What common denominator links memory, mood, and learning—ah, yes, what does dandelion have a lot of, great for your memory? Great for your mood? And great for you, to learn?
Phrased precisely, what is dandelion high in that your body converts to acetylcholine, a neurotransmitter both in the peripheral nervous system and in the central nervous system, important in the brain for learning, mood, and memory? (Acetylcholine is low in people who have Alzheimer’s disease.)
Lecithin! This unique phospholipid—the main constituent being phosphatidyl choline—is a nutrient compound that emulsifies fat, lowers cholesterol, and protects the cardiovascular system. Dandelion is rich in this lipid, containing about 30,000 parts per million, nearly twice that of soybeans. Dandelion’s high content of lecithin, with its fat emulsifying properties, also makes it an effective digestive aid.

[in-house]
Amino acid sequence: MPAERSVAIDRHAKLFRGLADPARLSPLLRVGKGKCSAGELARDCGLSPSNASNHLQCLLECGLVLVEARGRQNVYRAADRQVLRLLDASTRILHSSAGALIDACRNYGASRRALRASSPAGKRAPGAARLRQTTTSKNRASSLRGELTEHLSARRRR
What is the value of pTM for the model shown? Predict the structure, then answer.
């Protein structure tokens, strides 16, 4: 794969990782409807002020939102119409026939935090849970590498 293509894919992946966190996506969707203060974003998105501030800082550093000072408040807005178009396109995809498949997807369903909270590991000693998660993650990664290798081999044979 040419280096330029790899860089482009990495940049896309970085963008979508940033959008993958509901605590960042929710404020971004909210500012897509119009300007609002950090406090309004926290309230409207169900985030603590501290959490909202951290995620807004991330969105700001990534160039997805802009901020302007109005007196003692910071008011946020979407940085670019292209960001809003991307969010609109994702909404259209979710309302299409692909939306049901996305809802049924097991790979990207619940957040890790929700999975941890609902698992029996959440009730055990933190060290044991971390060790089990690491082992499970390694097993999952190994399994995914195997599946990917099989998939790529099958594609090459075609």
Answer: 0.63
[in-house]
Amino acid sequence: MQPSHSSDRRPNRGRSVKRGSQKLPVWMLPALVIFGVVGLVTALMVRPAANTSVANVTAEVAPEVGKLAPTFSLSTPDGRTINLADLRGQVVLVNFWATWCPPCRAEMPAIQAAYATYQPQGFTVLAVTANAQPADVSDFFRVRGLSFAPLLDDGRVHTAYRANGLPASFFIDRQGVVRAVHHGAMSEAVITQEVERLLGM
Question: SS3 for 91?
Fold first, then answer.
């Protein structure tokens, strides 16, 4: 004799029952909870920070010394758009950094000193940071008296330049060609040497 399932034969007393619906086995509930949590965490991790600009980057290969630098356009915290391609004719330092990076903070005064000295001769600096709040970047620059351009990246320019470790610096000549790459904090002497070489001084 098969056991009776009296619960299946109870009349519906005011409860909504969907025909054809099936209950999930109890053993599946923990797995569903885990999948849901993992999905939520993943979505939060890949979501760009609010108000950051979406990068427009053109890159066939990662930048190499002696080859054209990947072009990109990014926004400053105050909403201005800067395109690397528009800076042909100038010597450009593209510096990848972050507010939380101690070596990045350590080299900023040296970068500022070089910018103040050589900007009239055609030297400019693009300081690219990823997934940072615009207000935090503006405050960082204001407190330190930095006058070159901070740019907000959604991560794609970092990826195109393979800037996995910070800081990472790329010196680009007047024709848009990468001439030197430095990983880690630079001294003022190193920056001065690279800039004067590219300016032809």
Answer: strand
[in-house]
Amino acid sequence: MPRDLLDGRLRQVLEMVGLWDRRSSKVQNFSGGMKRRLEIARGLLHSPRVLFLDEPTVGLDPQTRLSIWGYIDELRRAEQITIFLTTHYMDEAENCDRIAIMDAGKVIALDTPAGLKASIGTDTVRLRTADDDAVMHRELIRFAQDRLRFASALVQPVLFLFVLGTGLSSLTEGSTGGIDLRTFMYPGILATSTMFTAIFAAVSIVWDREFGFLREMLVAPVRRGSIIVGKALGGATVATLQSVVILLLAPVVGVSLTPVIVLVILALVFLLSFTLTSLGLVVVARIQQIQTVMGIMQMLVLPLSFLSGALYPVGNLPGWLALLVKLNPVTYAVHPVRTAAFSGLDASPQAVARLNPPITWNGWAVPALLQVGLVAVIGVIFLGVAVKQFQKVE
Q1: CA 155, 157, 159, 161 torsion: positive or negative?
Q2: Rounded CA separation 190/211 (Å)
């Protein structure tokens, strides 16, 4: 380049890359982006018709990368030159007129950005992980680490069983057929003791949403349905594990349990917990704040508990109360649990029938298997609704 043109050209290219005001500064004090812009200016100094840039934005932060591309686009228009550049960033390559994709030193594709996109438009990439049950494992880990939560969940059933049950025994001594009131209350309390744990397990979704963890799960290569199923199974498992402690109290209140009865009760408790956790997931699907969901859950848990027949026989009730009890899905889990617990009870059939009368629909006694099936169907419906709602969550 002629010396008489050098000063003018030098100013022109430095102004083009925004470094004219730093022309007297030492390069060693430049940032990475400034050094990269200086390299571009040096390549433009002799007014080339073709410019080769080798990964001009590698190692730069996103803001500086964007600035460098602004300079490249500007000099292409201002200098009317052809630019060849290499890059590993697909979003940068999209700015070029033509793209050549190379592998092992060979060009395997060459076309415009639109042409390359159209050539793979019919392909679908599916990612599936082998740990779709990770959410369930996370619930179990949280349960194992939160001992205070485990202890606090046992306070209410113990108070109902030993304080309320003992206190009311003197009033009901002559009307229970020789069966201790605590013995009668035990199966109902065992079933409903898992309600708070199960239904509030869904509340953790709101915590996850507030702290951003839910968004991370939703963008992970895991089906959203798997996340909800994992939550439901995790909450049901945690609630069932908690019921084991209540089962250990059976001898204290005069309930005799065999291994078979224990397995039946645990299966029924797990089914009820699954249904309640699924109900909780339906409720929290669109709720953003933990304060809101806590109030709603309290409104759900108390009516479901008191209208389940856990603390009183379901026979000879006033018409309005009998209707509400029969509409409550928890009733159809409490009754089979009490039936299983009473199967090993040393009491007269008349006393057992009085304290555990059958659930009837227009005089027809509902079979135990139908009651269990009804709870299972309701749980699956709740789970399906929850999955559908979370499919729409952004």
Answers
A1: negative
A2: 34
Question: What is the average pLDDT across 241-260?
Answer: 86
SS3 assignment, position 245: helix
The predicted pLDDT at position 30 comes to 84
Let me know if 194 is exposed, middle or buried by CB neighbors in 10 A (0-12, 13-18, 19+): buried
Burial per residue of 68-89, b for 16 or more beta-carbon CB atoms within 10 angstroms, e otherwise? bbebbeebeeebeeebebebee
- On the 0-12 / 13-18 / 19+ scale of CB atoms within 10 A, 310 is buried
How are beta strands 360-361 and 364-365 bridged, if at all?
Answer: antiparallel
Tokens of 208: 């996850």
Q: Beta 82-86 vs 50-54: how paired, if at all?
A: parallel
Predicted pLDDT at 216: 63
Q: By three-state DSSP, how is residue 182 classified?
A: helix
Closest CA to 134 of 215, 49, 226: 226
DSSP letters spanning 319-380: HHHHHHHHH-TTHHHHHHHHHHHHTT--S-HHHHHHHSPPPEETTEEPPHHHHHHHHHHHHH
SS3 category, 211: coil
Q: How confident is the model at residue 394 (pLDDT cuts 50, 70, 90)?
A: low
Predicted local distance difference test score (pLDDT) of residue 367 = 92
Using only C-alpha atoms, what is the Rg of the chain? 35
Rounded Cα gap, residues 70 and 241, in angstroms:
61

The important transmitter in the brain at nerve-to-nerve synapses, acetylcholine, uses another component:
Choline! Dandelion’s high concentration of choline and lecithin convert to acetylcholine. In the central nervous system, the resulting variety of effects as a neuromodulator include plasticity, excitability, arousal and reward.
Oh, another physiological function of the acetylcholine that dandelion helps your body make is particularly important: stimulation of muscle tissue.
Acetylcholine! Remember that… your brain is like a muscle! “Use it or lose it!”
In making “uplifting memories” drinking dandelion tea, there’s a lot to learn!